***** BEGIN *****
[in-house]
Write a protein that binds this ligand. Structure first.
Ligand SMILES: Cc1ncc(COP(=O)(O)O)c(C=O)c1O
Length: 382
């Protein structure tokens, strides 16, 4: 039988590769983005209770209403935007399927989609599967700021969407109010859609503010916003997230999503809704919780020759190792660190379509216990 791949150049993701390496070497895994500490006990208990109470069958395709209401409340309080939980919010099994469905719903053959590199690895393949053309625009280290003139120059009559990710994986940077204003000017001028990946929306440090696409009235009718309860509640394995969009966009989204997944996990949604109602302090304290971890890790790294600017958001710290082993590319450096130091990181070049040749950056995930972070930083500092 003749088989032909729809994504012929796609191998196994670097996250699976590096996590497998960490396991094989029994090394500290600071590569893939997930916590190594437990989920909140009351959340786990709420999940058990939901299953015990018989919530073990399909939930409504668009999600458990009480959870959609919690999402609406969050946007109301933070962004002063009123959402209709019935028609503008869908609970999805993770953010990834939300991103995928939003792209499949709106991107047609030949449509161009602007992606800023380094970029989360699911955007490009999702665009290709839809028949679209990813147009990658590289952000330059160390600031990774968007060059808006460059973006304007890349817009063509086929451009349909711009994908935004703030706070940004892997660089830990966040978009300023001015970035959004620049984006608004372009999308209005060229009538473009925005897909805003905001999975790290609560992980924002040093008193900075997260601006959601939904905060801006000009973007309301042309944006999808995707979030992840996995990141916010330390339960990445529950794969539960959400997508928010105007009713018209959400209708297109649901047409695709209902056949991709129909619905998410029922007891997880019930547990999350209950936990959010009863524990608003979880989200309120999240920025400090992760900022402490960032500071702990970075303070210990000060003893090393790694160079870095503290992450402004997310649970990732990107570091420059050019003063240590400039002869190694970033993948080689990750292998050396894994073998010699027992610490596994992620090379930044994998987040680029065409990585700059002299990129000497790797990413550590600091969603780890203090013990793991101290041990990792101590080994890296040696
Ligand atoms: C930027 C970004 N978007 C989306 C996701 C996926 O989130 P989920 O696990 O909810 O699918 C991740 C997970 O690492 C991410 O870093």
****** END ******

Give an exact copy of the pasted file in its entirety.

[in-house]
Write a protein that binds this ligand. Structure first.
Ligand SMILES: Cc1ncc(COP(=O)(O)O)c(C=O)c1O
Length: 382
């Protein structure tokens, strides 16, 4: 039988590769983005209770209403935007399927989609599967700021969407109010859609503010916003997230999503809704919780020759190792660190379509216990 791949150049993701390496070497895994500490006990208990109470069958395709209401409340309080939980919010099994469905719903053959590199690895393949053309625009280290003139120059009559990710994986940077204003000017001028990946929306440090696409009235009718309860509640394995969009966009989204997944996990949604109602302090304290971890890790790294600017958001710290082993590319450096130091990181070049040749950056995930972070930083500092 003749088989032909729809994504012929796609191998196994670097996250699976590096996590497998960490396991094989029994090394500290600071590569893939997930916590190594437990989920909140009351959340786990709420999940058990939901299953015990018989919530073990399909939930409504668009999600458990009480959870959609919690999402609406969050946007109301933070962004002063009123959402209709019935028609503008869908609970999805993770953010990834939300991103995928939003792209499949709106991107047609030949449509161009602007992606800023380094970029989360699911955007490009999702665009290709839809028949679209990813147009990658590289952000330059160390600031990774968007060059808006460059973006304007890349817009063509086929451009349909711009994908935004703030706070940004892997660089830990966040978009300023001015970035959004620049984006608004372009999308209005060229009538473009925005897909805003905001999975790290609560992980924002040093008193900075997260601006959601939904905060801006000009973007309301042309944006999808995707979030992840996995990141916010330390339960990445529950794969539960959400997508928010105007009713018209959400209708297109649901047409695709209902056949991709129909619905998410029922007891997880019930547990999350209950936990959010009863524990608003979880989200309120999240920025400090992760900022402490960032500071702990970075303070210990000060003893090393790694160079870095503290992450402004997310649970990732990107570091420059050019003063240590400039002869190694970033993948080689990750292998050396894994073998010699027992610490596994992620090379930044994998987040680029065409990585700059002299990129000497790797990413550590600091969603780890203090013990793991101290041990990792101590080994890296040696
Ligand atoms: C930027 C970004 N978007 C989306 C996701 C996926 O989130 P989920 O696990 O909810 O699918 C991740 C997970 O690492 C991410 O870093």